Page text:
Once you’ve got your pictures onto the page you can specify some very basic design attributes to help you define what your portfolio will look like. You can choose whether there will be text displayed on top of the thumbnails; whether you’ll get one, two or three thumbnails in a row on your front page; whether the background should be white or black; and whether it should use serif or san serif fonts. All through the process, mostly successfully, they’ve looked to see which of the Ajaxy or DHTMLish design elements would give you the feedback to know that something’s happening behind the scenes. They’ve also made elements of the UI discoverable, like the ability to reorder photos. You don’t need to use it, but eventually you’ll twig and it’ll be there wait for you. There is no rotate feature. There is no group functionality. There is little or no metadata. This is an experiment in creating super-elegant UI for a niche audience with a simple function to perform and when it works it works beautifully.
I think my favourite part of the site is the portfolio-browsing section. The porfolios themselves are pretty self-contained entities. There would be little reason for a client to want to know how you were presenting your work, so carbonmade restrict themselves to a small link at the bottom of each portfolio page directing you back to their core site. But that doesn’t mean you can’t explore the portfolios in the other direction – they maintain an index of all of the collections people have made, along with interesting ways of exploring them. There’s enough design inspiration in there already to last a couple of months. And they’ve done a really beautiful job in making all the work within the site look exciting and interesting. Have a look at their featured portfolio index page:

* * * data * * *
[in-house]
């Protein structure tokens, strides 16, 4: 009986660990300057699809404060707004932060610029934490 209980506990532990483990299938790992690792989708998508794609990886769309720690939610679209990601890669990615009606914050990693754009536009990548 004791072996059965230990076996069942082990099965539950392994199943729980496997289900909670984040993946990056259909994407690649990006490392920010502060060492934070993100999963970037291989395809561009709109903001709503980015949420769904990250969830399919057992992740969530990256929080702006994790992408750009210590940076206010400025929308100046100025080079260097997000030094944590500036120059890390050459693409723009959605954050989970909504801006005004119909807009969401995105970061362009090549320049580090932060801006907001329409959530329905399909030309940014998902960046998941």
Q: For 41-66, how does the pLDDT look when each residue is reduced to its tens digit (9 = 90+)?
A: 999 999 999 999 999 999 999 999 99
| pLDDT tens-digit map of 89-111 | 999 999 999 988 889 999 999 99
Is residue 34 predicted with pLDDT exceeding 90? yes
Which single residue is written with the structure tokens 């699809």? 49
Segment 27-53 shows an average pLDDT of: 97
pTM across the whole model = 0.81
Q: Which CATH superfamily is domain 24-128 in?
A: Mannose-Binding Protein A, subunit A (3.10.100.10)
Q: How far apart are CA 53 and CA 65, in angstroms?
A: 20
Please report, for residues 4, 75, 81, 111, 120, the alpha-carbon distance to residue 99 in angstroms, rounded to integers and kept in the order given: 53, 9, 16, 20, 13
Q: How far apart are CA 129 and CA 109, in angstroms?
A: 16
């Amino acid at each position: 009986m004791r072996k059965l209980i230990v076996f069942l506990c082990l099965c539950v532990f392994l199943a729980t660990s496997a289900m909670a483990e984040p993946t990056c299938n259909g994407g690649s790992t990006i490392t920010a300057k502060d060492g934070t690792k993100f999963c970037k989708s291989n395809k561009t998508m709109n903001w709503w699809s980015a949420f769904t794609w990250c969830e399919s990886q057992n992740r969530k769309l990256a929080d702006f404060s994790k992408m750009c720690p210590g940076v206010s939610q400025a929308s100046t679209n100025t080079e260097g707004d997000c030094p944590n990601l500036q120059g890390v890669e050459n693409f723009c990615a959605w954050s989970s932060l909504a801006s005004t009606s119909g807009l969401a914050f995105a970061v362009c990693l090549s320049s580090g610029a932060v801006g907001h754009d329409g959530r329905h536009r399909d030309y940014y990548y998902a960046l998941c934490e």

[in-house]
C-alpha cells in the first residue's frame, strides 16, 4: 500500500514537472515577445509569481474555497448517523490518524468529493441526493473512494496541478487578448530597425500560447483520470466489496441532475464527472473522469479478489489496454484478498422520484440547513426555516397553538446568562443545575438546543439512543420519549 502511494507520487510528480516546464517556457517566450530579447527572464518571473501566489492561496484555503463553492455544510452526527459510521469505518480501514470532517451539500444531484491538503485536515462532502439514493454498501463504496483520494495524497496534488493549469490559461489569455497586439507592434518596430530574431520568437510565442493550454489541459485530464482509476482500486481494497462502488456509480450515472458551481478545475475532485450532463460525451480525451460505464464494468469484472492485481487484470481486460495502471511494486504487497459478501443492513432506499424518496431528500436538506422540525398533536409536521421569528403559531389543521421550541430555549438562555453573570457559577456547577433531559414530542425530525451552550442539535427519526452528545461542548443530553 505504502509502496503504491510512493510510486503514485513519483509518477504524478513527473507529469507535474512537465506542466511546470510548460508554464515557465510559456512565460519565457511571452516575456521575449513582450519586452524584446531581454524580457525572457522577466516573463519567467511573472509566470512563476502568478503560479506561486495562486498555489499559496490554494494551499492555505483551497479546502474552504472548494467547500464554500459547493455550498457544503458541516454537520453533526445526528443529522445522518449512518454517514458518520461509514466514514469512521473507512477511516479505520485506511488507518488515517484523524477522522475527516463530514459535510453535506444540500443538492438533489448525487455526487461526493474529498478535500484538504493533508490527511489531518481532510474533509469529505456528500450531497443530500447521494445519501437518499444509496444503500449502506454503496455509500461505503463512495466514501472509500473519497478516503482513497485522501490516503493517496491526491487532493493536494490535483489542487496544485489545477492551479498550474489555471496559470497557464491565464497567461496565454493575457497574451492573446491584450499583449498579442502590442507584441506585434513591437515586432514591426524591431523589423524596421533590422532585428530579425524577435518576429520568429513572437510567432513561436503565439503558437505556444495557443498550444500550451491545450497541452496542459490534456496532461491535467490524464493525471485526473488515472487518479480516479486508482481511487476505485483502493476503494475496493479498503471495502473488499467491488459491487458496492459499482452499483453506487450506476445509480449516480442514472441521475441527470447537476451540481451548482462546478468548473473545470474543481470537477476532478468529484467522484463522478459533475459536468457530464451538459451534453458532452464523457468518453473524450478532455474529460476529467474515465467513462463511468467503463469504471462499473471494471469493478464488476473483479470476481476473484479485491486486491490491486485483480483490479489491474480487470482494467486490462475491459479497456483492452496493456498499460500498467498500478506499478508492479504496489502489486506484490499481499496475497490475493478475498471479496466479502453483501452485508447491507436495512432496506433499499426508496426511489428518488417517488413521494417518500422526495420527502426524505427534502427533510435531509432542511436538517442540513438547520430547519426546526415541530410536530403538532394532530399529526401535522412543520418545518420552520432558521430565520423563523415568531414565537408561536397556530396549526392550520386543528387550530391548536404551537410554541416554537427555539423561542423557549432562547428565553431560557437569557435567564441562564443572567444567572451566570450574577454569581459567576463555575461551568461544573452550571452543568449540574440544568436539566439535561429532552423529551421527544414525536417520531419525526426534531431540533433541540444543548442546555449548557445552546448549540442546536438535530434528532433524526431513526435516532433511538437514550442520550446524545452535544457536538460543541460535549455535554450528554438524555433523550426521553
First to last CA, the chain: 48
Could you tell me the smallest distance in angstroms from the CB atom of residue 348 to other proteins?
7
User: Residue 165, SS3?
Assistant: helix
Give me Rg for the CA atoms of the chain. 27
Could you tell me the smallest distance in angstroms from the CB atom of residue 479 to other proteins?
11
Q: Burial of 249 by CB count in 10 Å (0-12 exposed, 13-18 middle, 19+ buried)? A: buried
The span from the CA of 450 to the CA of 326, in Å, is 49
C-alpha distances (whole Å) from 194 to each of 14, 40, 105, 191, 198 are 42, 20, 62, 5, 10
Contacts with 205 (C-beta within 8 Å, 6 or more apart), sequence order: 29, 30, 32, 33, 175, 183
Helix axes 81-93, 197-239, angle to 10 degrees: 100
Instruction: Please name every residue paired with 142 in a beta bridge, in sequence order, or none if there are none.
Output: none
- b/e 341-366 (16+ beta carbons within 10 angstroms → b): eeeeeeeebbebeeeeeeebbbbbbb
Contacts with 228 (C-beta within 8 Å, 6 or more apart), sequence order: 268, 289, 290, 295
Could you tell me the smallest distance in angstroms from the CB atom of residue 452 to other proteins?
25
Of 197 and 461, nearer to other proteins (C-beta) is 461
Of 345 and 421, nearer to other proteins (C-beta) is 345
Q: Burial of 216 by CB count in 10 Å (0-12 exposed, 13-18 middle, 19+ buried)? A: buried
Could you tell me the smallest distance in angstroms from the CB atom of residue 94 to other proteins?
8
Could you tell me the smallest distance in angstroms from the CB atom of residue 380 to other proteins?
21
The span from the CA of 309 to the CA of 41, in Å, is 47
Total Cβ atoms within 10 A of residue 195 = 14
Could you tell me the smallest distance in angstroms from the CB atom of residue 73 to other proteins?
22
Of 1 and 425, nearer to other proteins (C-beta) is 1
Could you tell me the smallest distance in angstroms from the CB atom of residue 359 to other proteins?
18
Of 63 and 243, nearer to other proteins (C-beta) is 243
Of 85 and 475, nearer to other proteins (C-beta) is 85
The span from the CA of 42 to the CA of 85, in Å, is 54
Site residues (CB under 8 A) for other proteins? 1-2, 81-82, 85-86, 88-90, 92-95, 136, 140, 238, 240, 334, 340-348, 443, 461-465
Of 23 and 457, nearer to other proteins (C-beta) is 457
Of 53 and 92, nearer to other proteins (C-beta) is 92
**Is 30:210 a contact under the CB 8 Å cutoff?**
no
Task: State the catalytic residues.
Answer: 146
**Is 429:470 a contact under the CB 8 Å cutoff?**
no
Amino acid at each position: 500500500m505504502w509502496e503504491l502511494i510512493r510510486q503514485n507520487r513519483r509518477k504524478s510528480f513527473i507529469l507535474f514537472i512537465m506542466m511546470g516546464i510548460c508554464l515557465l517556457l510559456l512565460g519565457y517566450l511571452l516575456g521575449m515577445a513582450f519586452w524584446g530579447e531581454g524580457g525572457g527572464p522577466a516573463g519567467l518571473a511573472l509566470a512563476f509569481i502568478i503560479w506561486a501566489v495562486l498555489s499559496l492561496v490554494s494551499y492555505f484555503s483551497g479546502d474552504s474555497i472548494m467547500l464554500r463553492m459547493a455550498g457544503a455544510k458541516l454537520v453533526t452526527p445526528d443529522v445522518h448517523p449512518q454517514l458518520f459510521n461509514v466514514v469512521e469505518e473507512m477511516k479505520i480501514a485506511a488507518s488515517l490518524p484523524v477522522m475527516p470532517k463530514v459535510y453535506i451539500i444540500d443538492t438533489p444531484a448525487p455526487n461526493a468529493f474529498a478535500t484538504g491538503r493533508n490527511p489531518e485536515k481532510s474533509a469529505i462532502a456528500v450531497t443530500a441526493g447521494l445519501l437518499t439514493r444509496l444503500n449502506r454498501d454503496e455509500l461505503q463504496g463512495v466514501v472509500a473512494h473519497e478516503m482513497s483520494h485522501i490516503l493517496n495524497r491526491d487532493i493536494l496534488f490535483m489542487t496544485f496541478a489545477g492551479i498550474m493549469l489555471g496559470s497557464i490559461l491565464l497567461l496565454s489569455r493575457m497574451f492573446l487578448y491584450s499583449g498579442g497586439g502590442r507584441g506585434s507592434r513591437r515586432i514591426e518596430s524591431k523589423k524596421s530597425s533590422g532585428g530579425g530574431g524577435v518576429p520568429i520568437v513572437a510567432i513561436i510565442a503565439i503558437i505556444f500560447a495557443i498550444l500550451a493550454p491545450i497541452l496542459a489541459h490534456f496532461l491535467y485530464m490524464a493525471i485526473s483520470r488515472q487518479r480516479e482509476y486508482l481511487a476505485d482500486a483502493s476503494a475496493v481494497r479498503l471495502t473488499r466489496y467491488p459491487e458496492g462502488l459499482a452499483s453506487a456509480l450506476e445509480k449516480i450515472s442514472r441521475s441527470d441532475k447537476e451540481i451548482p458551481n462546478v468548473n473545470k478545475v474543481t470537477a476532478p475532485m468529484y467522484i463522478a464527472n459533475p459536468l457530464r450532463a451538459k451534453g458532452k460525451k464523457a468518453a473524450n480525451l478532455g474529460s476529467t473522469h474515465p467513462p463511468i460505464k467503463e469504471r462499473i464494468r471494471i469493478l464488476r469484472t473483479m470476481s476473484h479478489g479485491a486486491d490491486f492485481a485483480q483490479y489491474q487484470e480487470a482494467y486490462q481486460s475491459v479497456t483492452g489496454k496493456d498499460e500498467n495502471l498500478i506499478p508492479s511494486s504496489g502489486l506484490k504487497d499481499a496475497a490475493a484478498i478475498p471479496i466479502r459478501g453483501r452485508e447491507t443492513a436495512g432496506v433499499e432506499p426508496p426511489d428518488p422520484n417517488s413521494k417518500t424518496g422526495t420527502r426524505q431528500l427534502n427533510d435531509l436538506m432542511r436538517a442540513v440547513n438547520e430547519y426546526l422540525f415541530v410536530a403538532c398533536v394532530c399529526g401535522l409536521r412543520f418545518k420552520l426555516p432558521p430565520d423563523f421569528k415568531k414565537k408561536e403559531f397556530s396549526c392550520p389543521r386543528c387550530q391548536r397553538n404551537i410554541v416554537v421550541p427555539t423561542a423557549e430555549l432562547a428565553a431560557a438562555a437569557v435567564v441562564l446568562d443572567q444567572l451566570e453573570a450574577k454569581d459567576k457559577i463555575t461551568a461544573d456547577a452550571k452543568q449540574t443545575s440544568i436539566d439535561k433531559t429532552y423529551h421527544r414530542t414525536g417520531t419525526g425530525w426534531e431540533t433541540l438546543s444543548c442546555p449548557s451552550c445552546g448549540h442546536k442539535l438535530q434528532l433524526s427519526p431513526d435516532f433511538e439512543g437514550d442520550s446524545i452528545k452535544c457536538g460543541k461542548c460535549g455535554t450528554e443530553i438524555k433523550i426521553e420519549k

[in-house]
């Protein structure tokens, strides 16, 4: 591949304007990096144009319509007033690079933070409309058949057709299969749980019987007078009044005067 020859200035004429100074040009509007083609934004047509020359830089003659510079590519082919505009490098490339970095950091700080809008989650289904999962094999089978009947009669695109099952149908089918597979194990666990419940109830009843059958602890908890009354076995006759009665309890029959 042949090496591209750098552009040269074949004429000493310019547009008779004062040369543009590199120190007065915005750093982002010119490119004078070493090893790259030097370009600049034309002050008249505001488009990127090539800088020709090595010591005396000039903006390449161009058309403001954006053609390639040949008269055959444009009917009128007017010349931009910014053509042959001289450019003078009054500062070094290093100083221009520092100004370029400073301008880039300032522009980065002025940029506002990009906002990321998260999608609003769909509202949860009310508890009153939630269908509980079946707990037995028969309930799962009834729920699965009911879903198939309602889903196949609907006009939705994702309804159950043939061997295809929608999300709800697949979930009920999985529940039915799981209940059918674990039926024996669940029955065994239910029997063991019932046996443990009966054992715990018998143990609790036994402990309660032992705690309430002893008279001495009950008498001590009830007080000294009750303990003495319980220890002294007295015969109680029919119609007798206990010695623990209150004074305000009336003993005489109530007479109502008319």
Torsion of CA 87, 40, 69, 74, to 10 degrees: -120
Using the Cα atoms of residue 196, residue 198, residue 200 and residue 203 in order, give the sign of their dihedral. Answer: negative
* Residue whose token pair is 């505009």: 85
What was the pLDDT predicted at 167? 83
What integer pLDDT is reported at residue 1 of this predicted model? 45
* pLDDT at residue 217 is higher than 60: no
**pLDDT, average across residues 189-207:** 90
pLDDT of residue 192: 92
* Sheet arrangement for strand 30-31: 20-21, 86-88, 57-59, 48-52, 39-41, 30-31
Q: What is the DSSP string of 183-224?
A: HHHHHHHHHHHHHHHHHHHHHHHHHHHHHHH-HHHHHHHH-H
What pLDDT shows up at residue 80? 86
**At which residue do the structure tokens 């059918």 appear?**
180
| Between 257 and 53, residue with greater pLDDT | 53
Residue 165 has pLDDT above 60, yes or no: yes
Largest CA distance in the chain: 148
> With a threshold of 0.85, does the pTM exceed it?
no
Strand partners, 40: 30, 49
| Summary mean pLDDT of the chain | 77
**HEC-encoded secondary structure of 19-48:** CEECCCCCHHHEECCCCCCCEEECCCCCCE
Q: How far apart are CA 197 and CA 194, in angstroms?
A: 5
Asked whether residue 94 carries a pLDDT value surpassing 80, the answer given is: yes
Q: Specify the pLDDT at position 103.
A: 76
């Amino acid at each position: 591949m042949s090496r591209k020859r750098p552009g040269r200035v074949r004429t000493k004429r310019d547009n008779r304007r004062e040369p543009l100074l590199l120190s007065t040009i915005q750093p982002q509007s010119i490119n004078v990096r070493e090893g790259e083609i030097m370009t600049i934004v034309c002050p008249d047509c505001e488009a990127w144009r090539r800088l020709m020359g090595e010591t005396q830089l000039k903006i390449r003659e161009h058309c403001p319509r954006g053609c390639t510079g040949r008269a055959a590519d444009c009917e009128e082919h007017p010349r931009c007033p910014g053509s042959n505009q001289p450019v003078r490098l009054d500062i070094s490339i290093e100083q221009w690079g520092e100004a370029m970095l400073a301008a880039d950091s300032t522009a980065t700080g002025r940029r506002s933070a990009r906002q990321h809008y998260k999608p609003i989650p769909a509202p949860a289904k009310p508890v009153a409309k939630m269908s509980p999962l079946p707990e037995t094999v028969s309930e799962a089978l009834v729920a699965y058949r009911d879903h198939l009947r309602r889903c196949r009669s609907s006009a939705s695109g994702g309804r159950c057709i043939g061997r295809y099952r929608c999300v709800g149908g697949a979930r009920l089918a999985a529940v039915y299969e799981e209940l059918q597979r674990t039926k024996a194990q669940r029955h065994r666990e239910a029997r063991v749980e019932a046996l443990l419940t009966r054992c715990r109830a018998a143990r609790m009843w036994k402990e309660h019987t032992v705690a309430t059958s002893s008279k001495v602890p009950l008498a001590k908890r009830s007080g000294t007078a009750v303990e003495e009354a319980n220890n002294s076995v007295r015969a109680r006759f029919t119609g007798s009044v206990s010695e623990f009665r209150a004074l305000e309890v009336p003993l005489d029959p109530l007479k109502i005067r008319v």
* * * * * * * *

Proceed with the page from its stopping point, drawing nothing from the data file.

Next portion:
The whole thing feels tremendously immersive and exploratory and interesting – but more specifically, while the pages aren’t necessarily particularly light, the HTML is mostly solid and decent and degradable. As I said earlier, it’s not perfect, but it’s bloody good. And fun. And cool. And engaging.
The porfolios themselves are slight and elegant things which really let the artworks of the people concerned shine through. They constitute nothing more than an index page which lists the projects with a thumbnail, a page for each project with a Flash gallery upon it that you can use to scroll backwards and forwards through the pictures in that section and a page where you can talk a little about yourself as the creator of the galleries. This is no Flickr – it has no need to be. Here’s an example porfolio:
It’s literally an online portfolio in the sense that the background is as generic a property as the large leather presentation cases that graphic designers take with them when they’re trying to get work.
Anyway, I said there were problems with the site, and there are. Not all the interface elements are quite as self-explanatory as perhaps they might be, some of the exploratory sections feel a bit hidden as you’re encouraged quite forcibly to sign up and start using the, the portfolios have some odd navigation options that hide how you get back to the homepage and – my main issue – the individual images within each gallery tend not to be linkable. Because of the Flash elements you have to link to a project rather than an individual picture. But these are all fixable.
And in the meantime, I’m really getting something off the aesthetic and the scale of the thing – the expressiveness of the interface and the way in which it has made itself into a place that both has a personality but also has the class to get out of the way when it’s showing other people’s work. I think it will define as many of the next stage design tropes as it has stolen from the current ones and is well worth keeping an eye on…